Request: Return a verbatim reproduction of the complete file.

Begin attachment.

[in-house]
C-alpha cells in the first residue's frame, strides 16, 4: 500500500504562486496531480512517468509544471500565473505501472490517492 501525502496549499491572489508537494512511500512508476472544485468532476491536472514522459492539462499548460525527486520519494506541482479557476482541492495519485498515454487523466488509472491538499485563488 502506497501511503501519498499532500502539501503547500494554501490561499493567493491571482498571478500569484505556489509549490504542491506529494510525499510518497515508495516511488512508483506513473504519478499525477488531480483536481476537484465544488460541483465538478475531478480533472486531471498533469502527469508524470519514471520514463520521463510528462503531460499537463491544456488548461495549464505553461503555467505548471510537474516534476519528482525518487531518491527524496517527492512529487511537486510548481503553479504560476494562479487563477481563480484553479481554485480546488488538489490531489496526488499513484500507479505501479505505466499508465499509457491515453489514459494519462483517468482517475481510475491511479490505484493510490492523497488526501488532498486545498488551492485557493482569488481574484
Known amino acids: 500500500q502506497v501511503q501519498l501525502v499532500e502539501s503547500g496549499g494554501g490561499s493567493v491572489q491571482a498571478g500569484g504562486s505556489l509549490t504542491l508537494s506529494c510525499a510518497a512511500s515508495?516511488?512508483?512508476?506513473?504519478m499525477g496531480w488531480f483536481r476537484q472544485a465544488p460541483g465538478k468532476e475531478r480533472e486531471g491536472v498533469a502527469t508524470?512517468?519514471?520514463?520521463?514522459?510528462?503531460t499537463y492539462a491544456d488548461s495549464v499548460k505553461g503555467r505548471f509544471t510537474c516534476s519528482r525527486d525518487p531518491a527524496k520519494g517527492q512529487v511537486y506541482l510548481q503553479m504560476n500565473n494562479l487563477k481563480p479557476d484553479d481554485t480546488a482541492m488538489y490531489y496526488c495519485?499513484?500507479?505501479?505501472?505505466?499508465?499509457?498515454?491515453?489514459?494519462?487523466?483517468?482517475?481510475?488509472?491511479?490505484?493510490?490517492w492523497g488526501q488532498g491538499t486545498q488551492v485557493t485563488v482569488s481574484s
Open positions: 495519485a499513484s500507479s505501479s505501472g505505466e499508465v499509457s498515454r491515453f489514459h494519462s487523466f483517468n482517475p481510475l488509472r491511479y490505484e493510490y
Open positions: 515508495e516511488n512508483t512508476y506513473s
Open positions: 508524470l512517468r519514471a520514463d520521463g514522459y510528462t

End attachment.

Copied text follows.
[in-house]
C-alpha cells in the first residue's frame, strides 16, 4: 500500500504562486496531480512517468509544471500565473505501472490517492 501525502496549499491572489508537494512511500512508476472544485468532476491536472514522459492539462499548460525527486520519494506541482479557476482541492495519485498515454487523466488509472491538499485563488 502506497501511503501519498499532500502539501503547500494554501490561499493567493491571482498571478500569484505556489509549490504542491506529494510525499510518497515508495516511488512508483506513473504519478499525477488531480483536481476537484465544488460541483465538478475531478480533472486531471498533469502527469508524470519514471520514463520521463510528462503531460499537463491544456488548461495549464505553461503555467505548471510537474516534476519528482525518487531518491527524496517527492512529487511537486510548481503553479504560476494562479487563477481563480484553479481554485480546488488538489490531489496526488499513484500507479505501479505505466499508465499509457491515453489514459494519462483517468482517475481510475491511479490505484493510490492523497488526501488532498486545498488551492485557493482569488481574484
Known amino acids: 500500500q502506497v501511503q501519498l501525502v499532500e502539501s503547500g496549499g494554501g490561499s493567493v491572489q491571482a498571478g500569484g504562486s505556489l509549490t504542491l508537494s506529494c510525499a510518497a512511500s515508495?516511488?512508483?512508476?506513473?504519478m499525477g496531480w488531480f483536481r476537484q472544485a465544488p460541483g465538478k468532476e475531478r480533472e486531471g491536472v498533469a502527469t508524470?512517468?519514471?520514463?520521463?514522459?510528462?503531460t499537463y492539462a491544456d488548461s495549464v499548460k505553461g503555467r505548471f509544471t510537474c516534476s519528482r525527486d525518487p531518491a527524496k520519494g517527492q512529487v511537486y506541482l510548481q503553479m504560476n500565473n494562479l487563477k481563480p479557476d484553479d481554485t480546488a482541492m488538489y490531489y496526488c495519485?499513484?500507479?505501479?505501472?505505466?499508465?499509457?498515454?491515453?489514459?494519462?487523466?483517468?482517475?481510475?488509472?491511479?490505484?493510490?490517492w492523497g488526501q488532498g491538499t486545498q488551492v485557493t485563488v482569488s481574484s
Open positions: 495519485a499513484s500507479s505501479s505501472g505505466e499508465v499509457s498515454r491515453f489514459h494519462s487523466f483517468n482517475p481510475l488509472r491511479y490505484e493510490y
Open positions: 515508495e516511488n512508483t512508476y506513473s
Open positions: 508524470l512517468r519514471a520514463d520521463g514522459y510528462t